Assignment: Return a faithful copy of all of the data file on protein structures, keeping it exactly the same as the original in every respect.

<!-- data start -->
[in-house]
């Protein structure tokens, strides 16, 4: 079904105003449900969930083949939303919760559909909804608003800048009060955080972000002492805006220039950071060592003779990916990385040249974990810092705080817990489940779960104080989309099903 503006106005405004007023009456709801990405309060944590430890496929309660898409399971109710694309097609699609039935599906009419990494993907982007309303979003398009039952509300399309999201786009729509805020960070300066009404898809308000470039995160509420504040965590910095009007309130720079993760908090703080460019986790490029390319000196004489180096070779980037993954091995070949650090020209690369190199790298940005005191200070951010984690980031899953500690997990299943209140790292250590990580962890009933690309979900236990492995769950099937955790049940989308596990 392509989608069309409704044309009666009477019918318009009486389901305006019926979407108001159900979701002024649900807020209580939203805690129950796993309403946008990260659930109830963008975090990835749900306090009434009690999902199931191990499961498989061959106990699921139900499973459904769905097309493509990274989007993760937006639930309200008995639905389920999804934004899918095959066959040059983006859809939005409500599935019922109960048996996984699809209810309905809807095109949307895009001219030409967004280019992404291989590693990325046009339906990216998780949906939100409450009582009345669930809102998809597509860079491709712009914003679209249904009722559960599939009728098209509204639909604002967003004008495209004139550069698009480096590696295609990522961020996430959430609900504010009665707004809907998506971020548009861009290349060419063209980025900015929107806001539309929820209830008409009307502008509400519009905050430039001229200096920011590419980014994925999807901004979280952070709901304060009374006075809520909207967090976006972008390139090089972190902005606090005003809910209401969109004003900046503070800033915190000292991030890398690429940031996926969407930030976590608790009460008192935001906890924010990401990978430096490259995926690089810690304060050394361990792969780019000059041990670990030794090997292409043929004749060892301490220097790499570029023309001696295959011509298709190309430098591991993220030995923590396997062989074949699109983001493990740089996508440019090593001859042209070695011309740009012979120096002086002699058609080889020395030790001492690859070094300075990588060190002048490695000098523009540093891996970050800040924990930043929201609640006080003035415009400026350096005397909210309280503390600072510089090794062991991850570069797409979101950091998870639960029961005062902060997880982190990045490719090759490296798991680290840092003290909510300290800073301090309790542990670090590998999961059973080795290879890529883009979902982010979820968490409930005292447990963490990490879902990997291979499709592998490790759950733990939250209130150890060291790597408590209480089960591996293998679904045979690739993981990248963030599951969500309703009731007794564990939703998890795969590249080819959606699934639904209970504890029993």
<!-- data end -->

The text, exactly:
[in-house]
């Protein structure tokens, strides 16, 4: 079904105003449900969930083949939303919760559909909804608003800048009060955080972000002492805006220039950071060592003779990916990385040249974990810092705080817990489940779960104080989309099903 503006106005405004007023009456709801990405309060944590430890496929309660898409399971109710694309097609699609039935599906009419990494993907982007309303979003398009039952509300399309999201786009729509805020960070300066009404898809308000470039995160509420504040965590910095009007309130720079993760908090703080460019986790490029390319000196004489180096070779980037993954091995070949650090020209690369190199790298940005005191200070951010984690980031899953500690997990299943209140790292250590990580962890009933690309979900236990492995769950099937955790049940989308596990 392509989608069309409704044309009666009477019918318009009486389901305006019926979407108001159900979701002024649900807020209580939203805690129950796993309403946008990260659930109830963008975090990835749900306090009434009690999902199931191990499961498989061959106990699921139900499973459904769905097309493509990274989007993760937006639930309200008995639905389920999804934004899918095959066959040059983006859809939005409500599935019922109960048996996984699809209810309905809807095109949307895009001219030409967004280019992404291989590693990325046009339906990216998780949906939100409450009582009345669930809102998809597509860079491709712009914003679209249904009722559960599939009728098209509204639909604002967003004008495209004139550069698009480096590696295609990522961020996430959430609900504010009665707004809907998506971020548009861009290349060419063209980025900015929107806001539309929820209830008409009307502008509400519009905050430039001229200096920011590419980014994925999807901004979280952070709901304060009374006075809520909207967090976006972008390139090089972190902005606090005003809910209401969109004003900046503070800033915190000292991030890398690429940031996926969407930030976590608790009460008192935001906890924010990401990978430096490259995926690089810690304060050394361990792969780019000059041990670990030794090997292409043929004749060892301490220097790499570029023309001696295959011509298709190309430098591991993220030995923590396997062989074949699109983001493990740089996508440019090593001859042209070695011309740009012979120096002086002699058609080889020395030790001492690859070094300075990588060190002048490695000098523009540093891996970050800040924990930043929201609640006080003035415009400026350096005397909210309280503390600072510089090794062991991850570069797409979101950091998870639960029961005062902060997880982190990045490719090759490296798991680290840092003290909510300290800073301090309790542990670090590998999961059973080795290879890529883009979902982010979820968490409930005292447990963490990490879902990997291979499709592998490790759950733990939250209130150890060291790597408590209480089960591996293998679904045979690739993981990248963030599951969500309703009731007794564990939703998890795969590249080819959606699934639904209970504890029993």